24. Chuck Willis (6):  Another career cut way too short, his legacy as the “Stroll King” or “Sheik Of The Blues” culminates nicely to get him six nominations so far.  The man who helped bring dancing to rock ‘n’ roll music, he’d be undisputed royalty if he’d lived and recorded through the ‘50s.

23. Link Wray (2):  In my glossary, "merit" is not quite synonymous with "snub."  Link Wray is a huge snub, but that's more of an issue of the ridiculous amount of time it took to even get him nominated for the first time, compounded by the slap in the face of honoring just "Rumble" when unable to get him inducted.  That said, his innovation and influence are immense.

22. Kate Bush (1):  You gotta respect an artist whose only limits are the ones she imposes upon herself.  That said, said self-imposed limits understandably keep her from ranking any higher on this list.

21. Afrika Bambaataa (1):  Recognized as one of the founding fathers of hip-hop, but having never gotten big beyond the New York scene, and without the Soul Sonic Force as part of his nomination, he doesn’t merit any higher on the list.

20. Joe Tex (5):  An impressive string of R&B and Pop chart hits, and considered by some to help influence rap’s style of vocal delivery, but he wasn’t the only one doing that (see also: Johnnie Taylor), and a lot of his songs are variations on the same theme.

19. The New York Dolls (1):  Surprisingly influential in both the worlds of punk and of glam.  No real chart success, and arrived a few years after a couple of the other proto-punk acts.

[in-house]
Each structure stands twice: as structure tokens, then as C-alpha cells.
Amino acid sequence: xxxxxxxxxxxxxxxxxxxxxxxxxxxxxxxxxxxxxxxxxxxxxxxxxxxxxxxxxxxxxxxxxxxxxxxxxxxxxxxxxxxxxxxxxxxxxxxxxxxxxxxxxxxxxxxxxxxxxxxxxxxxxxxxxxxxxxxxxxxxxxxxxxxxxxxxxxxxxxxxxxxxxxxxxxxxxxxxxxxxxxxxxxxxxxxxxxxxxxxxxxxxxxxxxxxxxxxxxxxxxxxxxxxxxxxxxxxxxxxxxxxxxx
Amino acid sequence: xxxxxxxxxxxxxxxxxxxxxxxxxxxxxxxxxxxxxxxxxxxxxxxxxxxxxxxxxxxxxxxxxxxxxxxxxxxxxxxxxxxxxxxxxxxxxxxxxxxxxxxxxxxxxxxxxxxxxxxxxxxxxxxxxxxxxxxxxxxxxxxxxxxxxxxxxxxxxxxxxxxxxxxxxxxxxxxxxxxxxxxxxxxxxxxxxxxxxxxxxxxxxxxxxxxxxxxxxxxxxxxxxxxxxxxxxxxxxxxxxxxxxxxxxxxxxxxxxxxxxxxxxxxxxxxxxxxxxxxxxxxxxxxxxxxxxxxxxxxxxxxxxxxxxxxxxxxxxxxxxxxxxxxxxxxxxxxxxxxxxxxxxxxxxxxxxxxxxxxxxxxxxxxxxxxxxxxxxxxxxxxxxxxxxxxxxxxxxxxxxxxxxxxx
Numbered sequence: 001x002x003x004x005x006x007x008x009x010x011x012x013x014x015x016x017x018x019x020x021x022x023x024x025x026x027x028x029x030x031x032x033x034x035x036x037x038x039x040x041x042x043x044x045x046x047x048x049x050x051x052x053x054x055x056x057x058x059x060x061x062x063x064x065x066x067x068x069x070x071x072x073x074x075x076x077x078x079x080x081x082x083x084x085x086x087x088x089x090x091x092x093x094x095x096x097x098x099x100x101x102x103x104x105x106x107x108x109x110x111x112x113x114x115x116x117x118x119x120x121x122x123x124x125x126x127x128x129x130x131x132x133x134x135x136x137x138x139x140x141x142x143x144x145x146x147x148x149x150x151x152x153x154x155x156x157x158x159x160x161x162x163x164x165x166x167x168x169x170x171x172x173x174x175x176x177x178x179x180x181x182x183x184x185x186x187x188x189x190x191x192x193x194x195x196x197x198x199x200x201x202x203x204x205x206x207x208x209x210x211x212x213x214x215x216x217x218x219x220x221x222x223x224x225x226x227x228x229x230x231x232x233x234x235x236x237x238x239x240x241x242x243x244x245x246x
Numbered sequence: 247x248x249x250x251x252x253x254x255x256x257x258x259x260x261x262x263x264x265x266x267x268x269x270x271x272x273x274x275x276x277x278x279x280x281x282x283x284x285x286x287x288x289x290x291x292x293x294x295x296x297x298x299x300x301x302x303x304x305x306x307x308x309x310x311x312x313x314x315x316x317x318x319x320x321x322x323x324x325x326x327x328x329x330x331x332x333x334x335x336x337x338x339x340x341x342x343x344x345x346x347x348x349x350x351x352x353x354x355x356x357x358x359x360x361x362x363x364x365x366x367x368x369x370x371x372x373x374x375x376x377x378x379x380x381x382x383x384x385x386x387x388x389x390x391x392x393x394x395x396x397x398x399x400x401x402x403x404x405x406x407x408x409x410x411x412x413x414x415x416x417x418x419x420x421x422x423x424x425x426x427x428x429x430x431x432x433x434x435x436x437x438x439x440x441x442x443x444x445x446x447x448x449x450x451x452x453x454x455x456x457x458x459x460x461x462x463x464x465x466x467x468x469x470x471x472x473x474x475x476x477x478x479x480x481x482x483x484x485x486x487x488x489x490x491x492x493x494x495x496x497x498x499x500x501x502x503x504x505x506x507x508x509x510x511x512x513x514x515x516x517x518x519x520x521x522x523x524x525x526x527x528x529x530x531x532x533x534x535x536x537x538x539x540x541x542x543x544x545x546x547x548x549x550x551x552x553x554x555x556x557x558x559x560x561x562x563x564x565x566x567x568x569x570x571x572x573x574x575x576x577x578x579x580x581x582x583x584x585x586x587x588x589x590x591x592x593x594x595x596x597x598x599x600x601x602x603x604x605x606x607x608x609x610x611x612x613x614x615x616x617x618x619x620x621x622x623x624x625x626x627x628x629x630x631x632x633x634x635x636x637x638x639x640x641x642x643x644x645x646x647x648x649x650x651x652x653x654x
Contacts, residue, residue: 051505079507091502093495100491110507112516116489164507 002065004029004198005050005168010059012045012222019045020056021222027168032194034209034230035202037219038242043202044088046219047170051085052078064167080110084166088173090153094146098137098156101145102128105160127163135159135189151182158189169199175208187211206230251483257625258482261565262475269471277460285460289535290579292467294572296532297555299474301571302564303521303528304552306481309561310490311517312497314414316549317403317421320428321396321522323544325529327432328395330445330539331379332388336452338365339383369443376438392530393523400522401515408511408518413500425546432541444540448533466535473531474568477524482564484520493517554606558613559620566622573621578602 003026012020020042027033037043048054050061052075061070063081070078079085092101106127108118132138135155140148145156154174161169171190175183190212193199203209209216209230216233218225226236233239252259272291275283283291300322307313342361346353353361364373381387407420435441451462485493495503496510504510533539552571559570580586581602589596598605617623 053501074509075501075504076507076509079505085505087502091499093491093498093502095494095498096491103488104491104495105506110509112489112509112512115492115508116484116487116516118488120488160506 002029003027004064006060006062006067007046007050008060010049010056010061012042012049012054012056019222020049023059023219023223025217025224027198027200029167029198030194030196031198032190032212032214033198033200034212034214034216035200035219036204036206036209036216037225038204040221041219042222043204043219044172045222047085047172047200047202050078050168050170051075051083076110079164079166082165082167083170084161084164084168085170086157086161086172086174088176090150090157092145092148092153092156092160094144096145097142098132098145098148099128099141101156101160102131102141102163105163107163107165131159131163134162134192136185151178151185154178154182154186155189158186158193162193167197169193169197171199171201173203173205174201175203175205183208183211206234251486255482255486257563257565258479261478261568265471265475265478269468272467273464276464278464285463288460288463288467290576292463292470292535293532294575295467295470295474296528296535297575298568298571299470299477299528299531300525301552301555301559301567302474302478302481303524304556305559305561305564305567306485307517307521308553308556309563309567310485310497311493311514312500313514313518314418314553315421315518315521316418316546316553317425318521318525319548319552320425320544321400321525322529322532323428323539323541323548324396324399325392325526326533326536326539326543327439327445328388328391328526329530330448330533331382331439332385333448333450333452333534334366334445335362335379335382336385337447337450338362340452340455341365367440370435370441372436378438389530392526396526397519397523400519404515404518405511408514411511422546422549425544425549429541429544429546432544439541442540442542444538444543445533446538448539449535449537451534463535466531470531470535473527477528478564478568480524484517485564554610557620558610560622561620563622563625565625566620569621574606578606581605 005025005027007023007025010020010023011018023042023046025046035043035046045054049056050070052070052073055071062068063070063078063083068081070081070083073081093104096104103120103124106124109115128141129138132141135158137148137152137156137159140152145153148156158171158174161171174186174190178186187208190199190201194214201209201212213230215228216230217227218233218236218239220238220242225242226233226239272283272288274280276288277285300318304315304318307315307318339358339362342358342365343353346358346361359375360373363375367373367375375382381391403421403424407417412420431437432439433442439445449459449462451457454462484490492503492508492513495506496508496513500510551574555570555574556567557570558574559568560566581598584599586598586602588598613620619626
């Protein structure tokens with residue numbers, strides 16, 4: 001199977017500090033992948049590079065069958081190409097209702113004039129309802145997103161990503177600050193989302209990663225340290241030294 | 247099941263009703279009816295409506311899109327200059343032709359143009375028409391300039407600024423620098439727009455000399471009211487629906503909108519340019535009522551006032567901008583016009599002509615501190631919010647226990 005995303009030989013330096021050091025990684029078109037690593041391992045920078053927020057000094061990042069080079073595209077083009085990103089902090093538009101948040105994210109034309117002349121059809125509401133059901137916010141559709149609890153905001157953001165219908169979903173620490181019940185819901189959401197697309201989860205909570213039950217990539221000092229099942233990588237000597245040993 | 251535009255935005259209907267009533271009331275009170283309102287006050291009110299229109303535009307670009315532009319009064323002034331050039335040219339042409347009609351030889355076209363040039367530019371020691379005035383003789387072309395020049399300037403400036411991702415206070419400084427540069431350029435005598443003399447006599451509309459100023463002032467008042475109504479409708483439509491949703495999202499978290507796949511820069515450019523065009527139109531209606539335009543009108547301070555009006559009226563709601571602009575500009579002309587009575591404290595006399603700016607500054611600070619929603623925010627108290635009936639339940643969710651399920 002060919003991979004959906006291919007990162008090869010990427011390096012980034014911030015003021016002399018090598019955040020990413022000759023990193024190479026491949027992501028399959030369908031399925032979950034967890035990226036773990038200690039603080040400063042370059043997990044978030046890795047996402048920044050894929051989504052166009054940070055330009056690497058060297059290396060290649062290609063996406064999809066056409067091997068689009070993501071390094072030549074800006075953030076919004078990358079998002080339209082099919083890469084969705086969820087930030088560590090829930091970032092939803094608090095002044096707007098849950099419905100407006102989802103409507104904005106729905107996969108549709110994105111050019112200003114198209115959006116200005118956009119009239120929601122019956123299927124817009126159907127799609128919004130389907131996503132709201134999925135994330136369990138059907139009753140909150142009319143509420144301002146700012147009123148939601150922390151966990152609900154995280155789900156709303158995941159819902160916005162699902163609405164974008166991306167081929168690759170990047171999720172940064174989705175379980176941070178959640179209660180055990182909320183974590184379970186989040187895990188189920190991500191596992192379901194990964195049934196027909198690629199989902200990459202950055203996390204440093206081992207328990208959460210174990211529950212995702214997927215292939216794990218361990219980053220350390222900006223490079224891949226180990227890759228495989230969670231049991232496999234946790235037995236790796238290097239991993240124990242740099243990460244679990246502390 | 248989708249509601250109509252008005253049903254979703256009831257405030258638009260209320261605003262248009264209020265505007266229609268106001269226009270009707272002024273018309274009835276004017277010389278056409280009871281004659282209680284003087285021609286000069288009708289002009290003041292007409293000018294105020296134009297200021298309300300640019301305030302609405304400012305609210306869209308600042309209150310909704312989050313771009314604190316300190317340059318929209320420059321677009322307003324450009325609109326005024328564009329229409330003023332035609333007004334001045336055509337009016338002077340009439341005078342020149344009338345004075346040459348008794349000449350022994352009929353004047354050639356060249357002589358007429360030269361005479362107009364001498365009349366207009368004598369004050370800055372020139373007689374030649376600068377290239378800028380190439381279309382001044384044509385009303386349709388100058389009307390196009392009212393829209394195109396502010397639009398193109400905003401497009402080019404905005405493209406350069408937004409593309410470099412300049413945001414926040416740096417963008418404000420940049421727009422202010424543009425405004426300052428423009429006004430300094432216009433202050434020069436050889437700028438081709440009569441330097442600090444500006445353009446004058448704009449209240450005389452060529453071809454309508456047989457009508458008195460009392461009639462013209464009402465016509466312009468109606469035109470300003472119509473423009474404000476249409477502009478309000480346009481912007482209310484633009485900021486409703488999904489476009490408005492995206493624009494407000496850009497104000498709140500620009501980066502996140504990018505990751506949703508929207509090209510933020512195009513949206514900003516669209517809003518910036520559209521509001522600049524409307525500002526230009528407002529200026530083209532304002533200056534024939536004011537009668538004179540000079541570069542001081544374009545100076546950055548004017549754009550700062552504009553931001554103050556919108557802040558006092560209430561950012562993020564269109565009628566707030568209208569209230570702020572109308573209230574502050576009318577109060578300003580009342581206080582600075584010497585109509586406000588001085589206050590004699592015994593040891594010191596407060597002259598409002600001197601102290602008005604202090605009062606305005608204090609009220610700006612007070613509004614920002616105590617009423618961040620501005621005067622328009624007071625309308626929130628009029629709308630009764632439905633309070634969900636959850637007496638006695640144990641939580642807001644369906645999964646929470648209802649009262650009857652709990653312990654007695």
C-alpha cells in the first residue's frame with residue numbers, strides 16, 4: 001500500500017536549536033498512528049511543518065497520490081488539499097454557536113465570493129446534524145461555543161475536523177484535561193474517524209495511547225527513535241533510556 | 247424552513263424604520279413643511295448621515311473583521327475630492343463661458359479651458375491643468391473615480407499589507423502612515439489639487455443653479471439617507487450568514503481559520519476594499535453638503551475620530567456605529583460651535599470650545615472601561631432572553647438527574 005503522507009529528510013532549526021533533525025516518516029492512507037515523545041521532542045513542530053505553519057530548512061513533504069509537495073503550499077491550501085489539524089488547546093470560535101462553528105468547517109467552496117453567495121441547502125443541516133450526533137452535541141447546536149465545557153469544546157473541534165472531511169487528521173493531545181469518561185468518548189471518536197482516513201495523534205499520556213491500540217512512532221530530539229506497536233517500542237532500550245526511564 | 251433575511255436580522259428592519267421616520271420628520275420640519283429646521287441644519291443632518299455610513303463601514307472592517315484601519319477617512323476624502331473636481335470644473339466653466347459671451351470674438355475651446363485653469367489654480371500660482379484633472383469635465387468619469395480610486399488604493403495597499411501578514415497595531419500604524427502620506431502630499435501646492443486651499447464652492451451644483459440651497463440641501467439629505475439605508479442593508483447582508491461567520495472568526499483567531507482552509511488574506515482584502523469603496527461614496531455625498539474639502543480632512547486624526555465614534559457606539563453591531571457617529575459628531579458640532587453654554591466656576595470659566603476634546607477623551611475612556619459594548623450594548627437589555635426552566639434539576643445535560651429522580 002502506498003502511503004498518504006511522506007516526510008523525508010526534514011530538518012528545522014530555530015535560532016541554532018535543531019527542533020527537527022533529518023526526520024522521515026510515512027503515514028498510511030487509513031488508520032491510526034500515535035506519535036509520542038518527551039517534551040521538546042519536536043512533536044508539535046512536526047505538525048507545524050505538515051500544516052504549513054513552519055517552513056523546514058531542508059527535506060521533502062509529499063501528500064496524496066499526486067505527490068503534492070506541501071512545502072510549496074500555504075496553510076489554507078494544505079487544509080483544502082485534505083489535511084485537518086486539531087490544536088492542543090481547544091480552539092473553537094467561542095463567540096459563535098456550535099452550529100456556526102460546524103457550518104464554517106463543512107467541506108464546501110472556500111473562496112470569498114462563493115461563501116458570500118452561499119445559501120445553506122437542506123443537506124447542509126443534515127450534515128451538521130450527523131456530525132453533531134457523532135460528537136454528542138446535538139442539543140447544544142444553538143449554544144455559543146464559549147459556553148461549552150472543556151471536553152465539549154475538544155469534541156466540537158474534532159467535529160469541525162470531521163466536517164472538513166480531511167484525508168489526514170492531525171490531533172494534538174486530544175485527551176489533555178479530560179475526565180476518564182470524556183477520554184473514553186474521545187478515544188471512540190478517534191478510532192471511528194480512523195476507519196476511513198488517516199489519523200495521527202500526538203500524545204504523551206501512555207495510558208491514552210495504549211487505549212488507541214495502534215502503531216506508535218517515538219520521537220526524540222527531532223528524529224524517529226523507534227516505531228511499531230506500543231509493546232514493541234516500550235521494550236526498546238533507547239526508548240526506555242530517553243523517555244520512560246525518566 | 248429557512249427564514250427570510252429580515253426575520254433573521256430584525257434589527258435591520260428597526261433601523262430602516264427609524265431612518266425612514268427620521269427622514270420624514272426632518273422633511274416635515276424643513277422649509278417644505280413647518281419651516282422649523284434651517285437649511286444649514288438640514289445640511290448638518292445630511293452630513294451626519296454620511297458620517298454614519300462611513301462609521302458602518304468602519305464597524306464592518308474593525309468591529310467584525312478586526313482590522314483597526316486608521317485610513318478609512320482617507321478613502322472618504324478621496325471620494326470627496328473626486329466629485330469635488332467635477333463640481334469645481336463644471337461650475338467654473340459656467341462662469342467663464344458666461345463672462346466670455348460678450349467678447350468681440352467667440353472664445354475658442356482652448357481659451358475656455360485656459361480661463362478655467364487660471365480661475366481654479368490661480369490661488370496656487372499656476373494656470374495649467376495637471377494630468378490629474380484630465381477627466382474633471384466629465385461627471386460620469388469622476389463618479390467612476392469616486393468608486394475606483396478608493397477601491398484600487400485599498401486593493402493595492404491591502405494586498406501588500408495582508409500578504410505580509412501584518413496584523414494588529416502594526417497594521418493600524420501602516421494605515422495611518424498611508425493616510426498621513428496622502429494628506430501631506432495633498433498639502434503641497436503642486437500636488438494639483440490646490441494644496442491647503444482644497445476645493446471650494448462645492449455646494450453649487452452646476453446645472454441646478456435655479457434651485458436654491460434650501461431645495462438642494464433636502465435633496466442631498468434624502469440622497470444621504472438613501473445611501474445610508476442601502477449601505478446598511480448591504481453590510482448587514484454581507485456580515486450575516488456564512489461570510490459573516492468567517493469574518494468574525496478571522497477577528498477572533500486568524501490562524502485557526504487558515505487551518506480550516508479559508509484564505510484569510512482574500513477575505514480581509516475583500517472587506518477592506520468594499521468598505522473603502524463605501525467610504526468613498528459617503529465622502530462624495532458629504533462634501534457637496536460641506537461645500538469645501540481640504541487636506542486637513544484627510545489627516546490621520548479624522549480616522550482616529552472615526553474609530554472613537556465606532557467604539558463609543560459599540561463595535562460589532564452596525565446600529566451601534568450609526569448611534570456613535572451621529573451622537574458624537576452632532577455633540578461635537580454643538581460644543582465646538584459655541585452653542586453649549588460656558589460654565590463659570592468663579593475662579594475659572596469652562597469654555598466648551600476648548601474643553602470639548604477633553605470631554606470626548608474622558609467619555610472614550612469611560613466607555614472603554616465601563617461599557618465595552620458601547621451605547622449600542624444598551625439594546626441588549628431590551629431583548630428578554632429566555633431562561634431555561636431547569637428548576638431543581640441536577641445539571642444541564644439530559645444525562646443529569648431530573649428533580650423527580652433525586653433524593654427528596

18. The MC5 (1):  The proto-punk act that pioneered distortion as a musical gimmick, and helped influence a lot of bands, plus the title alone of their only hit, “Kick Out The Jams” seems to sum up the movement they helped create..

17. Jane's Addiction (1):  They might be a little better known for who was in the band rather than for their music, but for what they accomplished in their relatively short time, they weren't a bad nomination either.

16. War (3):  Funky Latin rock music.  They crossed a lot of barriers with memorable songs, despite not being very innovative.

15. Chic (11):  “Good Times” is an extremely important record, plus their musical proficiency and production wizardry.  Sadly, the cherry-picking induction of Nile Rodgers pretty much snuffed the last, smoldering hopes of getting them inducted.

14. Eric B. And Rakim (1):  Extremely well-crafted and flawlessly executed hip-hop music that took it to new levels, bridging two ages of hip-hop.

13. Ben E. King (3):  Another solo artist that had some trouble distinguishing himself from his former group, this man had more commercial success than some others who have been inducted, like Lou Reed, plus two songs that are absolute milestones of 60’s R&B, one of which contains the arguably most important and famous bass line in all of rock ‘n’ roll.

12. Eurythmics (1):  The two of them broke some serious ground together, and recorded some amazing songs, and that's not even considering Annie Lennox as an icon.  But no, I don't support jointly nominating and inducting her solo career with the duo.

11. Todd Rundgren (1):  He is as musically versatile and artistic as he is industrially versatile and innovative.